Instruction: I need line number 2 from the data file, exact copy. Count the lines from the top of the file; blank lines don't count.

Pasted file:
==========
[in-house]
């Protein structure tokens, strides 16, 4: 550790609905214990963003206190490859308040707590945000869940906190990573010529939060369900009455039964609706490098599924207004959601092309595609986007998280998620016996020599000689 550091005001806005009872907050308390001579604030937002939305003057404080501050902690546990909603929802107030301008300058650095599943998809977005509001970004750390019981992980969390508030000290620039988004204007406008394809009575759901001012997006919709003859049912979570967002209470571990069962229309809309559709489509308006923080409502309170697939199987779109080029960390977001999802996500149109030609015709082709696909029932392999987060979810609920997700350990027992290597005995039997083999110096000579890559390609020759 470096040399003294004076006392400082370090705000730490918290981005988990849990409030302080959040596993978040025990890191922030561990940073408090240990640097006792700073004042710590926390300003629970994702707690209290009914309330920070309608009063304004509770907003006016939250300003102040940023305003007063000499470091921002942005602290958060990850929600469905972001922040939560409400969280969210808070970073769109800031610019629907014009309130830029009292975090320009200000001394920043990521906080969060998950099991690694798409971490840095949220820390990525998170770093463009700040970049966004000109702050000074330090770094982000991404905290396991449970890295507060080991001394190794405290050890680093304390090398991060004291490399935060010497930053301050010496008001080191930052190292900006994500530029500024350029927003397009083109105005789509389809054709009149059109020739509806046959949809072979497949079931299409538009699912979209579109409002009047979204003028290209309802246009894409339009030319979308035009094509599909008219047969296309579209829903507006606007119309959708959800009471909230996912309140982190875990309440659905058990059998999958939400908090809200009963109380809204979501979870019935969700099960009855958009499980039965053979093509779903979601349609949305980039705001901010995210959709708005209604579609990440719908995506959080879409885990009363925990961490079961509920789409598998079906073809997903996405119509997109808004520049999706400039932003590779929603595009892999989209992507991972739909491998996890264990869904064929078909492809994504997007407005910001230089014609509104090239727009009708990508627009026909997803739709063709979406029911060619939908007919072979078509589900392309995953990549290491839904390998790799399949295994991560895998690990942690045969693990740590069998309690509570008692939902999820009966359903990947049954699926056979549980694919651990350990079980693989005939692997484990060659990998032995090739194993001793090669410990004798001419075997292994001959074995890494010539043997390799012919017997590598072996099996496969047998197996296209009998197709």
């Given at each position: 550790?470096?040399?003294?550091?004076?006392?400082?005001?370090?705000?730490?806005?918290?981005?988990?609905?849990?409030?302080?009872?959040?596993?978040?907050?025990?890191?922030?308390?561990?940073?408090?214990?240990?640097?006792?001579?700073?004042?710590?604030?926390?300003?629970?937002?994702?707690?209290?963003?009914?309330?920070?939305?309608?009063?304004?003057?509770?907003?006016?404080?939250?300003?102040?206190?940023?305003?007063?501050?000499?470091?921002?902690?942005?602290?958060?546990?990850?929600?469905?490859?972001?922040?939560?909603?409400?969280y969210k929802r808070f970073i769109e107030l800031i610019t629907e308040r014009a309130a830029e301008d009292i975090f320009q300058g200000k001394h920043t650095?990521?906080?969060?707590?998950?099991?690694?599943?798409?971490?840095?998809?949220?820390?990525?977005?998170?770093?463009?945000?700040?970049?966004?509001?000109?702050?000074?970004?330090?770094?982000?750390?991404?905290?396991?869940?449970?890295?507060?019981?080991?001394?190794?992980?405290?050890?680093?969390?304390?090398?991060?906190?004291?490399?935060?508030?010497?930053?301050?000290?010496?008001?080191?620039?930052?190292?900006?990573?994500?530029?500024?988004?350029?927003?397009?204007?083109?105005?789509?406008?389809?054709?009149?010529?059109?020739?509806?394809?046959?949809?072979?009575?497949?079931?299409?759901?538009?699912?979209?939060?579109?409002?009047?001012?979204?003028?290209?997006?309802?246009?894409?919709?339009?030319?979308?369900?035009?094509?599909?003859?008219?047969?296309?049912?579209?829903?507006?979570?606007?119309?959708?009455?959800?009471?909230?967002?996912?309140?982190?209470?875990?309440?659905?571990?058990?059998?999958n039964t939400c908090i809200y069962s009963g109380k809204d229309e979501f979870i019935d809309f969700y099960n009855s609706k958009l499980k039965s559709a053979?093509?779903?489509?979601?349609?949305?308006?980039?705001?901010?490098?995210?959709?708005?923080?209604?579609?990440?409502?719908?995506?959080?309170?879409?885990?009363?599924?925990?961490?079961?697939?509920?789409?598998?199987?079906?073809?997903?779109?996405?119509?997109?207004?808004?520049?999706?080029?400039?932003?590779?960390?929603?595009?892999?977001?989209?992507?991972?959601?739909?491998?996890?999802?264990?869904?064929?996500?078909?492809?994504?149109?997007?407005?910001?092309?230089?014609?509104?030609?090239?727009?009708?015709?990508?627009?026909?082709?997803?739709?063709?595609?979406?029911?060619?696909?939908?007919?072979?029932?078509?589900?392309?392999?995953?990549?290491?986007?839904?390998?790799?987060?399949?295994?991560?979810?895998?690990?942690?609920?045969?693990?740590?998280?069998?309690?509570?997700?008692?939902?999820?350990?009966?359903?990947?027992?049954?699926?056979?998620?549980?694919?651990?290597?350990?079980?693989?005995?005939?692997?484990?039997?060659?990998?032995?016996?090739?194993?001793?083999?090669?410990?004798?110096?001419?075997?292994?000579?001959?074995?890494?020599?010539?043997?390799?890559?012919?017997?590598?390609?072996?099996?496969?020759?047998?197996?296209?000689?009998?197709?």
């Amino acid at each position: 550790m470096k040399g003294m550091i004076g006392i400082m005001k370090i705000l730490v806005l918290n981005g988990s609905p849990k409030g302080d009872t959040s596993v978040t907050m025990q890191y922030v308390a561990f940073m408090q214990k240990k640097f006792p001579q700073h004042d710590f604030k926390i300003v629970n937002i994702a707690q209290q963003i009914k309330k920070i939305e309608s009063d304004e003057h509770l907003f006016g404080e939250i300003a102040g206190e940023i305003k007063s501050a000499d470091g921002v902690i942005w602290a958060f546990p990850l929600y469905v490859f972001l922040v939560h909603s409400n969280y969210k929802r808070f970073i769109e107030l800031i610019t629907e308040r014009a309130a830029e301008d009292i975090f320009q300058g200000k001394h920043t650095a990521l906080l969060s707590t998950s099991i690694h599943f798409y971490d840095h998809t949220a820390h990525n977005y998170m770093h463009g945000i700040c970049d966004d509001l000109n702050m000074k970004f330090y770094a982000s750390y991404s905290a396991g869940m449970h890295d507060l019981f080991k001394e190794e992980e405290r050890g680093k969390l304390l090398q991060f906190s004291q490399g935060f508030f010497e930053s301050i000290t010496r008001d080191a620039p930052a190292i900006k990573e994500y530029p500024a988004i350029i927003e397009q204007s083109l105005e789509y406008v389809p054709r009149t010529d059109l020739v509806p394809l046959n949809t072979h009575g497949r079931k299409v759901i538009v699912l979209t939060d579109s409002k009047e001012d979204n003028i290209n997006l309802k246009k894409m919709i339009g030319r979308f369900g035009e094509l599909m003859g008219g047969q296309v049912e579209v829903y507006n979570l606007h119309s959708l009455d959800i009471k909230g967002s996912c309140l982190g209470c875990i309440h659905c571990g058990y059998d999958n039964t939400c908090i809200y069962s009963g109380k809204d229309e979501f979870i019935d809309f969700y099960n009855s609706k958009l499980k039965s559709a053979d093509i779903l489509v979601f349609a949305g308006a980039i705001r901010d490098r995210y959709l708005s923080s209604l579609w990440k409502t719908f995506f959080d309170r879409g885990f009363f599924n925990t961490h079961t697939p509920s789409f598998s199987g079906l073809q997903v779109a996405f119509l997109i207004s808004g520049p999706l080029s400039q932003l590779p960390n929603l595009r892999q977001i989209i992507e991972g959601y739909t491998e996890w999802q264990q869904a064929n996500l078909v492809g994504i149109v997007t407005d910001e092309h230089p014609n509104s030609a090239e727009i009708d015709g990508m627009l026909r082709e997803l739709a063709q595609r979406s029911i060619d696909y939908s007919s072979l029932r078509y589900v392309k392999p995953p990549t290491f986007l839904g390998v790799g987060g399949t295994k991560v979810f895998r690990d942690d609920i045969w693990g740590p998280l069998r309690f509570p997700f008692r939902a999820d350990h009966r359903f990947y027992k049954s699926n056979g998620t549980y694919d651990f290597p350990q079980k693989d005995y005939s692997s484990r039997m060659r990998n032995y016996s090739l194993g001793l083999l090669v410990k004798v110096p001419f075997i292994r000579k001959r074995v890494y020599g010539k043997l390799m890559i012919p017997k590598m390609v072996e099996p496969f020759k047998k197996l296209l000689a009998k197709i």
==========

């Protein structure tokens, strides 16, 4: 550790609905214990963003206190490859308040707590945000869940906190990573010529939060369900009455039964609706490098599924207004959601092309595609986007998280998620016996020599000689 550091005001806005009872907050308390001579604030937002939305003057404080501050902690546990909603929802107030301008300058650095599943998809977005509001970004750390019981992980969390508030000290620039988004204007406008394809009575759901001012997006919709003859049912979570967002209470571990069962229309809309559709489509308006923080409502309170697939199987779109080029960390977001999802996500149109030609015709082709696909029932392999987060979810609920997700350990027992290597005995039997083999110096000579890559390609020759 470096040399003294004076006392400082370090705000730490918290981005988990849990409030302080959040596993978040025990890191922030561990940073408090240990640097006792700073004042710590926390300003629970994702707690209290009914309330920070309608009063304004509770907003006016939250300003102040940023305003007063000499470091921002942005602290958060990850929600469905972001922040939560409400969280969210808070970073769109800031610019629907014009309130830029009292975090320009200000001394920043990521906080969060998950099991690694798409971490840095949220820390990525998170770093463009700040970049966004000109702050000074330090770094982000991404905290396991449970890295507060080991001394190794405290050890680093304390090398991060004291490399935060010497930053301050010496008001080191930052190292900006994500530029500024350029927003397009083109105005789509389809054709009149059109020739509806046959949809072979497949079931299409538009699912979209579109409002009047979204003028290209309802246009894409339009030319979308035009094509599909008219047969296309579209829903507006606007119309959708959800009471909230996912309140982190875990309440659905058990059998999958939400908090809200009963109380809204979501979870019935969700099960009855958009499980039965053979093509779903979601349609949305980039705001901010995210959709708005209604579609990440719908995506959080879409885990009363925990961490079961509920789409598998079906073809997903996405119509997109808004520049999706400039932003590779929603595009892999989209992507991972739909491998996890264990869904064929078909492809994504997007407005910001230089014609509104090239727009009708990508627009026909997803739709063709979406029911060619939908007919072979078509589900392309995953990549290491839904390998790799399949295994991560895998690990942690045969693990740590069998309690509570008692939902999820009966359903990947049954699926056979549980694919651990350990079980693989005939692997484990060659990998032995090739194993001793090669410990004798001419075997292994001959074995890494010539043997390799012919017997590598072996099996496969047998197996296209009998197709």